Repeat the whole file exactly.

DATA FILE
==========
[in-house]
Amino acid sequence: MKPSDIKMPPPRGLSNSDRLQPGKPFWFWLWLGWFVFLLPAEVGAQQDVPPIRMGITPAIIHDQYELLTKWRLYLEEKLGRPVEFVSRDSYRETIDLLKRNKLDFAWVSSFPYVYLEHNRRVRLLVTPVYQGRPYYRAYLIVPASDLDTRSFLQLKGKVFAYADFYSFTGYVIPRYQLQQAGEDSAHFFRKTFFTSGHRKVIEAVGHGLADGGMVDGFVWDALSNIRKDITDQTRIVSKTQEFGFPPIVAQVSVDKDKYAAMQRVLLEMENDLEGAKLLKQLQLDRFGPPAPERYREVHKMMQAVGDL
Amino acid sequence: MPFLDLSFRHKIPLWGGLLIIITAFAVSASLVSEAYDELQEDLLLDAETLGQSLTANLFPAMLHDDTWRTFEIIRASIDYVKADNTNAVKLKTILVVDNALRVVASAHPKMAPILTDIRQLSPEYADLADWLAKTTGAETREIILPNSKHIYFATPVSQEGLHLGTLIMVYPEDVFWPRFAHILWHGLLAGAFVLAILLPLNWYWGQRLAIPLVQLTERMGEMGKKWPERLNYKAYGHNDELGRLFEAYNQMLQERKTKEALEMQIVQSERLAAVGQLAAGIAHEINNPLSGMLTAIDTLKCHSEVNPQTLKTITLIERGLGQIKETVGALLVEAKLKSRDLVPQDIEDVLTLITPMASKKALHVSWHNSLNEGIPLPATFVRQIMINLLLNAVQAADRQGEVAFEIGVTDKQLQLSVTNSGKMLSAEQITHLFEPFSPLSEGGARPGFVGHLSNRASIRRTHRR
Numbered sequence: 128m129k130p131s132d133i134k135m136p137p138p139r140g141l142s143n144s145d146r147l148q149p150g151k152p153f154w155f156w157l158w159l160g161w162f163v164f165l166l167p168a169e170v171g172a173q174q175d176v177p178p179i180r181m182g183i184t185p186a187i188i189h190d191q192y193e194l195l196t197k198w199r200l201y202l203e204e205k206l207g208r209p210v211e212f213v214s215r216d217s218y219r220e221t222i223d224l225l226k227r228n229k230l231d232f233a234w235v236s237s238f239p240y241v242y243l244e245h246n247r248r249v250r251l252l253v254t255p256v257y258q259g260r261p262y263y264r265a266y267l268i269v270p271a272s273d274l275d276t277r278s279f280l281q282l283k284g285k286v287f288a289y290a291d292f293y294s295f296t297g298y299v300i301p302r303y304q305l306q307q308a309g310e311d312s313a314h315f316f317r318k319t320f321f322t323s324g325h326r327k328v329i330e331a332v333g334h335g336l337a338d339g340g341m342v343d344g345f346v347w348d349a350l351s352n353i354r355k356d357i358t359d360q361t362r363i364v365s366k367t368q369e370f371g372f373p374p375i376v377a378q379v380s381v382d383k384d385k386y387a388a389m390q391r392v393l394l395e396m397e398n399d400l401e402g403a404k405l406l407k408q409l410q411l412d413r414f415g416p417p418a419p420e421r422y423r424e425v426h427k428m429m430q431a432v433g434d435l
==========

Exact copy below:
[in-house]
Amino acid sequence: MKPSDIKMPPPRGLSNSDRLQPGKPFWFWLWLGWFVFLLPAEVGAQQDVPPIRMGITPAIIHDQYELLTKWRLYLEEKLGRPVEFVSRDSYRETIDLLKRNKLDFAWVSSFPYVYLEHNRRVRLLVTPVYQGRPYYRAYLIVPASDLDTRSFLQLKGKVFAYADFYSFTGYVIPRYQLQQAGEDSAHFFRKTFFTSGHRKVIEAVGHGLADGGMVDGFVWDALSNIRKDITDQTRIVSKTQEFGFPPIVAQVSVDKDKYAAMQRVLLEMENDLEGAKLLKQLQLDRFGPPAPERYREVHKMMQAVGDL
Amino acid sequence: MPFLDLSFRHKIPLWGGLLIIITAFAVSASLVSEAYDELQEDLLLDAETLGQSLTANLFPAMLHDDTWRTFEIIRASIDYVKADNTNAVKLKTILVVDNALRVVASAHPKMAPILTDIRQLSPEYADLADWLAKTTGAETREIILPNSKHIYFATPVSQEGLHLGTLIMVYPEDVFWPRFAHILWHGLLAGAFVLAILLPLNWYWGQRLAIPLVQLTERMGEMGKKWPERLNYKAYGHNDELGRLFEAYNQMLQERKTKEALEMQIVQSERLAAVGQLAAGIAHEINNPLSGMLTAIDTLKCHSEVNPQTLKTITLIERGLGQIKETVGALLVEAKLKSRDLVPQDIEDVLTLITPMASKKALHVSWHNSLNEGIPLPATFVRQIMINLLLNAVQAADRQGEVAFEIGVTDKQLQLSVTNSGKMLSAEQITHLFEPFSPLSEGGARPGFVGHLSNRASIRRTHRR
Numbered sequence: 128m129k130p131s132d133i134k135m136p137p138p139r140g141l142s143n144s145d146r147l148q149p150g151k152p153f154w155f156w157l158w159l160g161w162f163v164f165l166l167p168a169e170v171g172a173q174q175d176v177p178p179i180r181m182g183i184t185p186a187i188i189h190d191q192y193e194l195l196t197k198w199r200l201y202l203e204e205k206l207g208r209p210v211e212f213v214s215r216d217s218y219r220e221t222i223d224l225l226k227r228n229k230l231d232f233a234w235v236s237s238f239p240y241v242y243l244e245h246n247r248r249v250r251l252l253v254t255p256v257y258q259g260r261p262y263y264r265a266y267l268i269v270p271a272s273d274l275d276t277r278s279f280l281q282l283k284g285k286v287f288a289y290a291d292f293y294s295f296t297g298y299v300i301p302r303y304q305l306q307q308a309g310e311d312s313a314h315f316f317r318k319t320f321f322t323s324g325h326r327k328v329i330e331a332v333g334h335g336l337a338d339g340g341m342v343d344g345f346v347w348d349a350l351s352n353i354r355k356d357i358t359d360q361t362r363i364v365s366k367t368q369e370f371g372f373p374p375i376v377a378q379v380s381v382d383k384d385k386y387a388a389m390q391r392v393l394l395e396m397e398n399d400l401e402g403a404k405l406l407k408q409l410q411l412d413r414f415g416p417p418a419p420e421r422y423r424e425v426h427k428m429m430q431a432v433g434d435l